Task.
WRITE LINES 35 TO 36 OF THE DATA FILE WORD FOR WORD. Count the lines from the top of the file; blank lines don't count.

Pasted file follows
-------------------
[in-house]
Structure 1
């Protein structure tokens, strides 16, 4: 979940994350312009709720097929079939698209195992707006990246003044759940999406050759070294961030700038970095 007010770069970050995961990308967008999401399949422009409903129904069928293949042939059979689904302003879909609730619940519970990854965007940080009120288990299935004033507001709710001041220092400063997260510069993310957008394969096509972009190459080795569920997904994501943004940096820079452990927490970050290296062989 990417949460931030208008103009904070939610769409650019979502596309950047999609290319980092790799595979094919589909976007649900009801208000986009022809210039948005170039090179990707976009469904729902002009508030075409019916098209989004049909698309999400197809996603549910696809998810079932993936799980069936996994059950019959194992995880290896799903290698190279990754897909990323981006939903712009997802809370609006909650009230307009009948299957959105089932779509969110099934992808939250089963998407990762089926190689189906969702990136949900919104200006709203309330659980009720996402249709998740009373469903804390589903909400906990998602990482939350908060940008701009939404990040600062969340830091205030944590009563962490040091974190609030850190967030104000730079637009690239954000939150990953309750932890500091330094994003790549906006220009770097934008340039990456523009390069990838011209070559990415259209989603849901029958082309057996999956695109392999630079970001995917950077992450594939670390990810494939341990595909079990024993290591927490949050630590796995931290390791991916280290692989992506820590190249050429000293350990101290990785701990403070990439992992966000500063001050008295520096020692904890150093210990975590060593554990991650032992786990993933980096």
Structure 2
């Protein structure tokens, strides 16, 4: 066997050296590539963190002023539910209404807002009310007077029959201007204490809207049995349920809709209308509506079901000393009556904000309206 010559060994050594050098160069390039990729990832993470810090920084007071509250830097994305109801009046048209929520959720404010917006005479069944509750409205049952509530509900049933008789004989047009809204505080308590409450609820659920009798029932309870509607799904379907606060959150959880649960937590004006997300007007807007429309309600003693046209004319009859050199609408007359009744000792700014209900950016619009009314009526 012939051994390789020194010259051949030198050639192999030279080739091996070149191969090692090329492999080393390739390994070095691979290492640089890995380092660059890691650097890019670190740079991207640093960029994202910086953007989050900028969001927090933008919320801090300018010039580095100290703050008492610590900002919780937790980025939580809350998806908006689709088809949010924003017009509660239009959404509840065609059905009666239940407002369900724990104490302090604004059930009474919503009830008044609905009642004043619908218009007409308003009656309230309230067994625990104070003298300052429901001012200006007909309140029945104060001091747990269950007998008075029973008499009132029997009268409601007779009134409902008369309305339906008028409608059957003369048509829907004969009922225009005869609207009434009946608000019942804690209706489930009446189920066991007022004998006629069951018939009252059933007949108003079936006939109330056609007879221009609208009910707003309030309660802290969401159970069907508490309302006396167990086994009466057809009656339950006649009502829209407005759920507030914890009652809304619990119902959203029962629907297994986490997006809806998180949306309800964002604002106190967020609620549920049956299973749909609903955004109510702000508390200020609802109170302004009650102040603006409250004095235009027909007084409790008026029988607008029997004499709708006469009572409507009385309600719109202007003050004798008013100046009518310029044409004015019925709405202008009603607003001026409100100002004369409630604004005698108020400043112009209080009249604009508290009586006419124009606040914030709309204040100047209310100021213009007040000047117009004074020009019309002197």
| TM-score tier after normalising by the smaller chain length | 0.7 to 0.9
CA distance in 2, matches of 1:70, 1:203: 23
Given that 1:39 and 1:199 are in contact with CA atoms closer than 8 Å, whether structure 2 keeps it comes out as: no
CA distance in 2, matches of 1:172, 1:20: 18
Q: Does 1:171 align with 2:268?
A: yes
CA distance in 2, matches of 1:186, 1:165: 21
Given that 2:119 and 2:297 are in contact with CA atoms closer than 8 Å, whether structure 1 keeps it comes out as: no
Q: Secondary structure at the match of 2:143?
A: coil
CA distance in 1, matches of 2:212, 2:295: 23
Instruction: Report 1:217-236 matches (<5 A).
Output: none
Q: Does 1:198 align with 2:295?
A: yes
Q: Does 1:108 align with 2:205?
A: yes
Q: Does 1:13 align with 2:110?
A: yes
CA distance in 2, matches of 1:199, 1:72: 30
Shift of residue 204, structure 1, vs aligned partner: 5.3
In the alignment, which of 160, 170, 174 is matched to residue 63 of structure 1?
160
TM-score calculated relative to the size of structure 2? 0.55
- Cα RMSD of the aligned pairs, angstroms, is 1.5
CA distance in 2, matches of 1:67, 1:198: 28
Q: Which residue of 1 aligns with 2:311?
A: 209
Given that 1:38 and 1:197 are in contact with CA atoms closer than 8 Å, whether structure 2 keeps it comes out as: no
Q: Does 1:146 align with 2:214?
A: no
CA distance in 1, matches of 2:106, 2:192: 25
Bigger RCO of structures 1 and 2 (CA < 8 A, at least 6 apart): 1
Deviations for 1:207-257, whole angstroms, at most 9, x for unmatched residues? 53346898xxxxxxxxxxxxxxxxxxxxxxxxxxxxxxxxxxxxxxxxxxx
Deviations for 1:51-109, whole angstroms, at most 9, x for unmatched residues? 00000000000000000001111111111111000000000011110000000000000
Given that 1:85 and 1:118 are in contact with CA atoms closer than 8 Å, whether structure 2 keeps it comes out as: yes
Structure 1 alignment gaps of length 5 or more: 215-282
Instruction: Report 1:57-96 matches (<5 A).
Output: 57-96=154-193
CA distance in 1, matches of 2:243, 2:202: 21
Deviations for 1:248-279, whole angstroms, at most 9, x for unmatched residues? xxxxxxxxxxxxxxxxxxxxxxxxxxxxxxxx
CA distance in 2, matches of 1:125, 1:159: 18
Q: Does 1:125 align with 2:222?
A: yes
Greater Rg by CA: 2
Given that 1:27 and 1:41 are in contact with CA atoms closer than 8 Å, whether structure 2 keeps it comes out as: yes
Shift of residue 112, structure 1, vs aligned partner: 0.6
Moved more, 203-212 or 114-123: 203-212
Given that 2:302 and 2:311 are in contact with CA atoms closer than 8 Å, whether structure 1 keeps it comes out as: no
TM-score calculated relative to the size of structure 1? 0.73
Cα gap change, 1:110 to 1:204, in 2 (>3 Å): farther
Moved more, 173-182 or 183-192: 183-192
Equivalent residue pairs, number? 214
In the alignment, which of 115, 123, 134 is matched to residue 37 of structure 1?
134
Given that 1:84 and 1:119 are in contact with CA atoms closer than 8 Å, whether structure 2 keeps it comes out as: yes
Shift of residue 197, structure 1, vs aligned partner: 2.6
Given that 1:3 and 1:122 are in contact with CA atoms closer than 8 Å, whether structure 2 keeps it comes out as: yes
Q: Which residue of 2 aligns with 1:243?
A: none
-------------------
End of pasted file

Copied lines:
Q: Does 1:146 align with 2:214?
A: no